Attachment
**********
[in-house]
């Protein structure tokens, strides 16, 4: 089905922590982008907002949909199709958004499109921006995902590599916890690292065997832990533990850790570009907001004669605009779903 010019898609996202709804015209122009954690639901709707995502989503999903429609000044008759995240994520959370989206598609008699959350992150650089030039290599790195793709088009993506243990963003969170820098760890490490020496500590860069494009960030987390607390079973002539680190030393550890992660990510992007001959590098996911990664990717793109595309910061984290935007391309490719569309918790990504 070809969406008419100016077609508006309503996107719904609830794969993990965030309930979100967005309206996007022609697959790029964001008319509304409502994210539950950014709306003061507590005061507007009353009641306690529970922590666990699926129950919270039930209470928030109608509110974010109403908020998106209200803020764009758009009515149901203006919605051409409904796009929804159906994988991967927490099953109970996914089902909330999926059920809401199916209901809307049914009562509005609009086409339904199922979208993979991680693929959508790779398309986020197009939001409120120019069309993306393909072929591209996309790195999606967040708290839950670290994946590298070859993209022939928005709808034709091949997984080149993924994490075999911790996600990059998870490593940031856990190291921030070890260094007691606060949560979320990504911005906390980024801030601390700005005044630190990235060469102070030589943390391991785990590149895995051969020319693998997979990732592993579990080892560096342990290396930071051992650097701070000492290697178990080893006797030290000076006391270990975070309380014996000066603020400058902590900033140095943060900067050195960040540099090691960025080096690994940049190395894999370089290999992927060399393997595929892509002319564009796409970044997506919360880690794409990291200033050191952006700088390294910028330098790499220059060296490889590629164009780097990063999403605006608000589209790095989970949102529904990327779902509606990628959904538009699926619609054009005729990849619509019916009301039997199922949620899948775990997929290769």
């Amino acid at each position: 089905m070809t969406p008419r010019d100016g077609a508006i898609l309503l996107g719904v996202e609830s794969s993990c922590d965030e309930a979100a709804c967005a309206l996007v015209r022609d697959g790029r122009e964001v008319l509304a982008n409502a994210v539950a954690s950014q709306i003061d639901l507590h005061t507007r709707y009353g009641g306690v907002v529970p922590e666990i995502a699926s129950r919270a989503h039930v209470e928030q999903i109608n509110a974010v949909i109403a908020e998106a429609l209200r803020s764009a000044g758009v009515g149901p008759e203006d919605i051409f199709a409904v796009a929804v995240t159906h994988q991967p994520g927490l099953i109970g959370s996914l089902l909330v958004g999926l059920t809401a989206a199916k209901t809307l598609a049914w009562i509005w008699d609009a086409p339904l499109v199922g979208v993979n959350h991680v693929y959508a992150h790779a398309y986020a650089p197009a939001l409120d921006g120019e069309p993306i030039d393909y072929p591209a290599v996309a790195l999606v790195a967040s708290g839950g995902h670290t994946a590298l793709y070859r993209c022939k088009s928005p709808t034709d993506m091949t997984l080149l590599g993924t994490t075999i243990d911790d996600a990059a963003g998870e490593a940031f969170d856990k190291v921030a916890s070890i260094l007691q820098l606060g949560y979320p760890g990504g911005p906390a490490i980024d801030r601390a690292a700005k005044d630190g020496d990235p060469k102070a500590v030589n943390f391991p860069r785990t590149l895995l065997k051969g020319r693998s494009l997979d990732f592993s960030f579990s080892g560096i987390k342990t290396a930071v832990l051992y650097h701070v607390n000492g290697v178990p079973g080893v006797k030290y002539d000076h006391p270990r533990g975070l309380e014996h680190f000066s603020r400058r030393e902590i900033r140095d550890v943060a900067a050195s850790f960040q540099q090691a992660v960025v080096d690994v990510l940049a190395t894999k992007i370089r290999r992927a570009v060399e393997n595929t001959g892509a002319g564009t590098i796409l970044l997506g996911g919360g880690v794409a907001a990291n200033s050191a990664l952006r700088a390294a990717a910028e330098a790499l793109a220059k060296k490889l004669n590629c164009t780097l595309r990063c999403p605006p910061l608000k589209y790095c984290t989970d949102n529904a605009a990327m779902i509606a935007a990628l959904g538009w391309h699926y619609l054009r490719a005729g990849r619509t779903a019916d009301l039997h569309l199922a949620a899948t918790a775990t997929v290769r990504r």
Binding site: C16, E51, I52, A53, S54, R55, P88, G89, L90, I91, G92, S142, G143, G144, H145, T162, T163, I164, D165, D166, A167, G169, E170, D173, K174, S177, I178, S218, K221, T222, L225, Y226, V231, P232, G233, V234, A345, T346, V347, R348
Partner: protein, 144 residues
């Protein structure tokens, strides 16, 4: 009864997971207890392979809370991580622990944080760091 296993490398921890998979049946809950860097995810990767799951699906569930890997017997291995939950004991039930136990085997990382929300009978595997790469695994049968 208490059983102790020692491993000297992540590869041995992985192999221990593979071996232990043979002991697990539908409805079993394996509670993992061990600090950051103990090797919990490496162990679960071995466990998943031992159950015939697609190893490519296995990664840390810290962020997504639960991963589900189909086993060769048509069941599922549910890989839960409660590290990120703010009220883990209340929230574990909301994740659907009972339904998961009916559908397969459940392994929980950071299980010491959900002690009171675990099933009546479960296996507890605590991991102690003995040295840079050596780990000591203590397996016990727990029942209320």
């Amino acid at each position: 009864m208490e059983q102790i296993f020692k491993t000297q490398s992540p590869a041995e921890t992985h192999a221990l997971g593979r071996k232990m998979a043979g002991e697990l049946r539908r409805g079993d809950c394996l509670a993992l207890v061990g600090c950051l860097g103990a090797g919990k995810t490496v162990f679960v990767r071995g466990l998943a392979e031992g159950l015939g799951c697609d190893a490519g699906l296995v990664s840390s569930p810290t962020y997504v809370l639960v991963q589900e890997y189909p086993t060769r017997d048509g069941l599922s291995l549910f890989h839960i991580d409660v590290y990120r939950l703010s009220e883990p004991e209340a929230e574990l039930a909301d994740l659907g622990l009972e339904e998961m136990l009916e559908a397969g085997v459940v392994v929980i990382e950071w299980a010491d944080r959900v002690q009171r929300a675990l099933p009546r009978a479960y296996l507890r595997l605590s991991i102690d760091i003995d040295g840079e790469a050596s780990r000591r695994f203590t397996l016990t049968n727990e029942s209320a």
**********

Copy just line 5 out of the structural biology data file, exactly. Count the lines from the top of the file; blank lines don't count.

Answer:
Partner: protein, 144 residues